• What should I buy in order to be best prepared for removing glue from the rims and getting it ready for a new tub when needed?

Sorry for the loads of questions but this would really help demystify the whole area of tubs for me and I just want to ensure I’m fully prepared to properly maintain the wheels when they arrive so that I don’t have to bench them for any races. I know there’s any number of threads on tubulars out there, but I’d imagine that other newbies like myself would benefit from having the above topics addressed at least at a high-level in one summary thread and they can then delve into the more detailed threads once they have that context.


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PostPosted: Wed Feb 27, 2013 8:18 pm 
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Joined: Fri Dec 24, 2010 9:37 pm
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Location: it's raining, it must be uk
no harm going wider, they'll have lower rolling resistance, whether or not they give more or less aero drag will depend on the overall wheel+tyre combination, running a narrower front and wider rear is always an option

veloflex roubaix (or arenburg) are 25mm and tougher than the, lighter, 23mm carbon, personally i use carbons

diy* - this is one of the ways to do it, opinions/preferences vary, i'm assuming the tub has been stretched if it needs it and that any necessary extender has been fitted and firmly tightened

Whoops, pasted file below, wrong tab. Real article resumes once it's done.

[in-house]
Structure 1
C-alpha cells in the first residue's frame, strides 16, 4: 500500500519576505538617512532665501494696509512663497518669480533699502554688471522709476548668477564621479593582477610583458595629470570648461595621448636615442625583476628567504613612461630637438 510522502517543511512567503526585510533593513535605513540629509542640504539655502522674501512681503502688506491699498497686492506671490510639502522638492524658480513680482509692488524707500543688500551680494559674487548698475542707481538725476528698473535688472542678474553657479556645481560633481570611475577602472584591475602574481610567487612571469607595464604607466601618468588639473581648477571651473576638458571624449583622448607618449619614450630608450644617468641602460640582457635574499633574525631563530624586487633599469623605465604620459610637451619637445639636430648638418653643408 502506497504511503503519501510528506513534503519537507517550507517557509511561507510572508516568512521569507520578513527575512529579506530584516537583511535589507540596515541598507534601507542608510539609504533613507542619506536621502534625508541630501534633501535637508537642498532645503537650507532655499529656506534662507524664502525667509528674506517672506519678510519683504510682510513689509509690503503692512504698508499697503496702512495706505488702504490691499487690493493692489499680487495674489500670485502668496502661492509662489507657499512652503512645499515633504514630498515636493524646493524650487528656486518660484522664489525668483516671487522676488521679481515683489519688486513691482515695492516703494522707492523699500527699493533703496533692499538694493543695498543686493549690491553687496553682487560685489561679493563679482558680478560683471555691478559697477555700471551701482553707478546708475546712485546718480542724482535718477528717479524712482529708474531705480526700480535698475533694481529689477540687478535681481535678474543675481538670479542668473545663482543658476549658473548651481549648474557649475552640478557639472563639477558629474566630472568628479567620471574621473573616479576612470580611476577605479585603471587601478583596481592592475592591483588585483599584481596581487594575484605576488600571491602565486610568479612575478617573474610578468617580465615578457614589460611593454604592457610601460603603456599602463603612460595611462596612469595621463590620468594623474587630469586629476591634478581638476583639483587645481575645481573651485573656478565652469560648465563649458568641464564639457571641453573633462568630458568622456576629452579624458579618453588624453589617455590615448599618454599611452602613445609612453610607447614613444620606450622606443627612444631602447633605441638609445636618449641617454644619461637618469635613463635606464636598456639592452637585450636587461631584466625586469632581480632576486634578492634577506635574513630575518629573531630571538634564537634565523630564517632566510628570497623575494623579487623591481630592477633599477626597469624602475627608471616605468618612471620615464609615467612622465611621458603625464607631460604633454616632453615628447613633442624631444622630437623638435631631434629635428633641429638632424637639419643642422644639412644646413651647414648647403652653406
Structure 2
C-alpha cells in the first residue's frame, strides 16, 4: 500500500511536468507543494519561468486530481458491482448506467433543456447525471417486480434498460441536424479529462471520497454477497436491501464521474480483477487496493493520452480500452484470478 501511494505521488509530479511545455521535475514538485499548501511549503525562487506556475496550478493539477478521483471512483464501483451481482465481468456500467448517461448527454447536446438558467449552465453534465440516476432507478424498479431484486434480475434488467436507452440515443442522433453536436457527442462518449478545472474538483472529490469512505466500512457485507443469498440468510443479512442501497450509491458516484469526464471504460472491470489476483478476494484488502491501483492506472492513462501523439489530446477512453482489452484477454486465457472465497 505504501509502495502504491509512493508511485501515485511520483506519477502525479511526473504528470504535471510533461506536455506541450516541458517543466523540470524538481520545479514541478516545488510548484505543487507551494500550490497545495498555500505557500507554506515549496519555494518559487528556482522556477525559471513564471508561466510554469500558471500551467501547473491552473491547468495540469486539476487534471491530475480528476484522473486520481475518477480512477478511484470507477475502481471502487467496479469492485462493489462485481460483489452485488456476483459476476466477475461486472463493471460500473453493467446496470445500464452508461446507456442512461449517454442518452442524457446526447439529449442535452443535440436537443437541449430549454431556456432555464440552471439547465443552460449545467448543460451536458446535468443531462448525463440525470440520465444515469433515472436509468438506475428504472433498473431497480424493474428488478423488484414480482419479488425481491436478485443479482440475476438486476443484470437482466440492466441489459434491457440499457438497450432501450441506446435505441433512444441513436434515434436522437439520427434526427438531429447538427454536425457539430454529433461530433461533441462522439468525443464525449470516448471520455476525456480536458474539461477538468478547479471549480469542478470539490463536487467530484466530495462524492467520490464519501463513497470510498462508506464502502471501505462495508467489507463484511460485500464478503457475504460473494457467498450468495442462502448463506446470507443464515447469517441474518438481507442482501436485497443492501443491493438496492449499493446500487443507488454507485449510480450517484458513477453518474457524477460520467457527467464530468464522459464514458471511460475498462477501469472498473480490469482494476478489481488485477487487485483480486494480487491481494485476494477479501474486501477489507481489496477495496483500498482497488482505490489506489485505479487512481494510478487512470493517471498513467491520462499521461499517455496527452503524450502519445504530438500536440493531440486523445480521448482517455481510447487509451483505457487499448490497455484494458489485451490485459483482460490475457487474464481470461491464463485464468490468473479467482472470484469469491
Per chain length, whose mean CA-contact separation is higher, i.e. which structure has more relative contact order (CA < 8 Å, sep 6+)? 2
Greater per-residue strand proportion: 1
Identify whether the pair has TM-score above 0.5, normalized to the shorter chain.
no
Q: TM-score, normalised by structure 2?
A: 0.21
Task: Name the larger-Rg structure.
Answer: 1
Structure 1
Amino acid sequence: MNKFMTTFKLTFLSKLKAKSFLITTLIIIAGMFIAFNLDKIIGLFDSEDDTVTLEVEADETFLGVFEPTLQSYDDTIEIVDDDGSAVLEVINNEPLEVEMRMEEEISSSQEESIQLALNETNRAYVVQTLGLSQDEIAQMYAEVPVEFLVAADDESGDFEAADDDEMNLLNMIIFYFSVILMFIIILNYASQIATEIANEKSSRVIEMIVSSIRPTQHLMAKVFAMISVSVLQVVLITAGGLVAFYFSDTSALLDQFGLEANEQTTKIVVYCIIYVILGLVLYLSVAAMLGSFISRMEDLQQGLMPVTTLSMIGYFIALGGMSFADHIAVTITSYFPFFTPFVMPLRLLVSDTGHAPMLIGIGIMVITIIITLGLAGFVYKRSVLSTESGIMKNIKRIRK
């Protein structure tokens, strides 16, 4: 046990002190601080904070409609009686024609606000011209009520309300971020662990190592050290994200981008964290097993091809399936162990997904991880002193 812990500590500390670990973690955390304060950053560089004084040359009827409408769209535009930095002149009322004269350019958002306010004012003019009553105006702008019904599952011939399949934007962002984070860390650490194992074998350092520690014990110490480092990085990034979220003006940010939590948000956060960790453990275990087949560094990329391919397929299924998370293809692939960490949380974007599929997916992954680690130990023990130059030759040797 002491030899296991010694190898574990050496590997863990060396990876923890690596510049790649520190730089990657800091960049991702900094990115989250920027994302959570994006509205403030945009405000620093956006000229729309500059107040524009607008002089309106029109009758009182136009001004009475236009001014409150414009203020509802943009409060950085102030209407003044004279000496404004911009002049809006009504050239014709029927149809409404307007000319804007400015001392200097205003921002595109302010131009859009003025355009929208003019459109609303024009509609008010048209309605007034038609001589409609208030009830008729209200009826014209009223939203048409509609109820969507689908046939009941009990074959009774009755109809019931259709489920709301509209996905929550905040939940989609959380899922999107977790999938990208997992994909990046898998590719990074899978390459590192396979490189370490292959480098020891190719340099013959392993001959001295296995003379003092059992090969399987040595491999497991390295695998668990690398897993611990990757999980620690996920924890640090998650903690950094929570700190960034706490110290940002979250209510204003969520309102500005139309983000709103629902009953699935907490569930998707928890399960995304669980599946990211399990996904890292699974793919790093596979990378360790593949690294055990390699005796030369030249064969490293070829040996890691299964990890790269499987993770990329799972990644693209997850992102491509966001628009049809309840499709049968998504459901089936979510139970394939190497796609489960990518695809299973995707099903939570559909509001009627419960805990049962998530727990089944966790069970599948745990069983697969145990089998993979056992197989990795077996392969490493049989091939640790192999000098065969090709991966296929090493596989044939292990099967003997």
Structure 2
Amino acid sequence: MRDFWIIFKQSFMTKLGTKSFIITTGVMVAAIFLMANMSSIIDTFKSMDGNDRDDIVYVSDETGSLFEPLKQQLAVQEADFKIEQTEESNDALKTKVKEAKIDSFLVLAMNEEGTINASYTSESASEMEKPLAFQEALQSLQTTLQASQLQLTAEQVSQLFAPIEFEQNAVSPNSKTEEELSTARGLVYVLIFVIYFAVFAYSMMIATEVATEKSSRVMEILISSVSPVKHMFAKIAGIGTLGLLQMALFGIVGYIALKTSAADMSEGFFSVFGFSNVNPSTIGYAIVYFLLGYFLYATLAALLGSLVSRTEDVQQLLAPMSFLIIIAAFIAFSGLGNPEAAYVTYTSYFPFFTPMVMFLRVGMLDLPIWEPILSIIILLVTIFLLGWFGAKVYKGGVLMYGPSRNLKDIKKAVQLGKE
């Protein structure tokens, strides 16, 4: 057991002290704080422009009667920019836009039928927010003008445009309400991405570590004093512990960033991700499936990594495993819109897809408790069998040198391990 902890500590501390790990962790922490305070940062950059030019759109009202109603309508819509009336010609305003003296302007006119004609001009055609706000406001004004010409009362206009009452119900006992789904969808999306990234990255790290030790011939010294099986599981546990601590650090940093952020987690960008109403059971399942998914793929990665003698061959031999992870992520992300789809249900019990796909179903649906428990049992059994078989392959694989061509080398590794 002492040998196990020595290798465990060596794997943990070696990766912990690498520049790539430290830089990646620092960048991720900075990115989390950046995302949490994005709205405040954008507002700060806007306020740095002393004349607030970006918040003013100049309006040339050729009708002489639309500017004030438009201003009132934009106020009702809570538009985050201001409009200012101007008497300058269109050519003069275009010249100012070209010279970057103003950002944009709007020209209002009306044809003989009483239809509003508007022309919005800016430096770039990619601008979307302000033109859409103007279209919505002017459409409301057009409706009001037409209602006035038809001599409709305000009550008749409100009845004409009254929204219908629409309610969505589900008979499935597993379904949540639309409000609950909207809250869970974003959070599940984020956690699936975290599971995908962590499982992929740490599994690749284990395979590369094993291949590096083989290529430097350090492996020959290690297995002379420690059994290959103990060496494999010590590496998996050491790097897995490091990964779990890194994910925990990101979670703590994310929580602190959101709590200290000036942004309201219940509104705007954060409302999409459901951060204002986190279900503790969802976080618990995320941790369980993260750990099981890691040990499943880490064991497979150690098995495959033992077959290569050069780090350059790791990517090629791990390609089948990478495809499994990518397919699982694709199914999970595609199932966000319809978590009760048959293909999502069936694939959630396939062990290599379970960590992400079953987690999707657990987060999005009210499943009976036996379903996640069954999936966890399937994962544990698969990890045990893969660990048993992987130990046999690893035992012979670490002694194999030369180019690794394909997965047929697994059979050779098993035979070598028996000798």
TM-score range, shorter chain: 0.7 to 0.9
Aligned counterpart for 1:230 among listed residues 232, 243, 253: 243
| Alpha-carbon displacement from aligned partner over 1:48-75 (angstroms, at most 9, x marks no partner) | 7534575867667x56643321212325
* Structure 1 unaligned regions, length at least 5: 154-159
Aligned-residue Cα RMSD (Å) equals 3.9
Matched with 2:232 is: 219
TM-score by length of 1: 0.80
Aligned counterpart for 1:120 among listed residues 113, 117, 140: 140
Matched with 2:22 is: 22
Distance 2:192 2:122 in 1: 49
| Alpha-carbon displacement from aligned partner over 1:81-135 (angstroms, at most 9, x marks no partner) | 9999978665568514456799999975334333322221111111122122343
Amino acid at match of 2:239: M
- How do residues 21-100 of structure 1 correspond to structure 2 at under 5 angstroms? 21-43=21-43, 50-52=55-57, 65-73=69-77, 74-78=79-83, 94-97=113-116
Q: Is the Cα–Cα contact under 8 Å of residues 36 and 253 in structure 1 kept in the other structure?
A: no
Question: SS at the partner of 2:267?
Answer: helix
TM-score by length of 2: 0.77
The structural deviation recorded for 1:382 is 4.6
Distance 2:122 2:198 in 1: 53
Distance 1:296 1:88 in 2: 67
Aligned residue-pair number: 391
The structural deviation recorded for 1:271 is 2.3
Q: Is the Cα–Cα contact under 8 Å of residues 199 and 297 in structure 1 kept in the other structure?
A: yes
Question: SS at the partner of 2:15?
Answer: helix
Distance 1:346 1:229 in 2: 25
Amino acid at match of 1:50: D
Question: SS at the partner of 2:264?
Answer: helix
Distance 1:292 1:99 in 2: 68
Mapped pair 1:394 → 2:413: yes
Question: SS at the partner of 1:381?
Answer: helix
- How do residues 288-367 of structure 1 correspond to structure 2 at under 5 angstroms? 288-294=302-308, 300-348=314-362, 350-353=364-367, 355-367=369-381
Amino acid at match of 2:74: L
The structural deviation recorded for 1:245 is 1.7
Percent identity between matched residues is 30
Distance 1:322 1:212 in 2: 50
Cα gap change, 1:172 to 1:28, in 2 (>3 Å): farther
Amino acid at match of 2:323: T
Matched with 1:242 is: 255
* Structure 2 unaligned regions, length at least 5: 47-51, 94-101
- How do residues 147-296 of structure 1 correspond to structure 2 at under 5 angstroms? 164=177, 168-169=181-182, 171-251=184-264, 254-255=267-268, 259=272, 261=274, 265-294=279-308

- supplies: acetone, vittoria mastick one glue, acid/flux brushes are good for applying but there are other ways
- with a brand new cf rim, lightly scrub the mounting surface with really fine steel wool, 0000 grade
- clean rim of any remaining grease with acetone (don't get on skin, it's toxic)
- apply a *thin* coat of glue to rim, leave to dry for a 12-24 hours, repeat once more
- if the basetape is covered in latex (downside of veloflex), scrape it off otherwise it'll stay opf the rim when you eventually remove the tub
- apply thin coat of glue to basetape, leave to dry 12-24 hours
- mounting time, apply a thin coat to the rim
- mount the tyre, keep even tension as the tyre is mounted, try to get it as central as possible
- once on, inflate enough to firm, then centre it using finger/thumb force
- if you really screwed up the mounting, pull the tyre off quick before the glue bites and have another go
- inflate to full pressure, roll the wheel through a full revolution with all your weight on it to help seat it and squish out any air pockets
- leave for 24 hours
- if there's any glue on brake tracks, clean with white spirit (don't get it on the tyre), use acetone to get ant trace of grease off tracks
- ride
* there are you tube videos and web pages galore, search and you'll find plenty
success rate should be near 100%

carry some tufo extreme sealant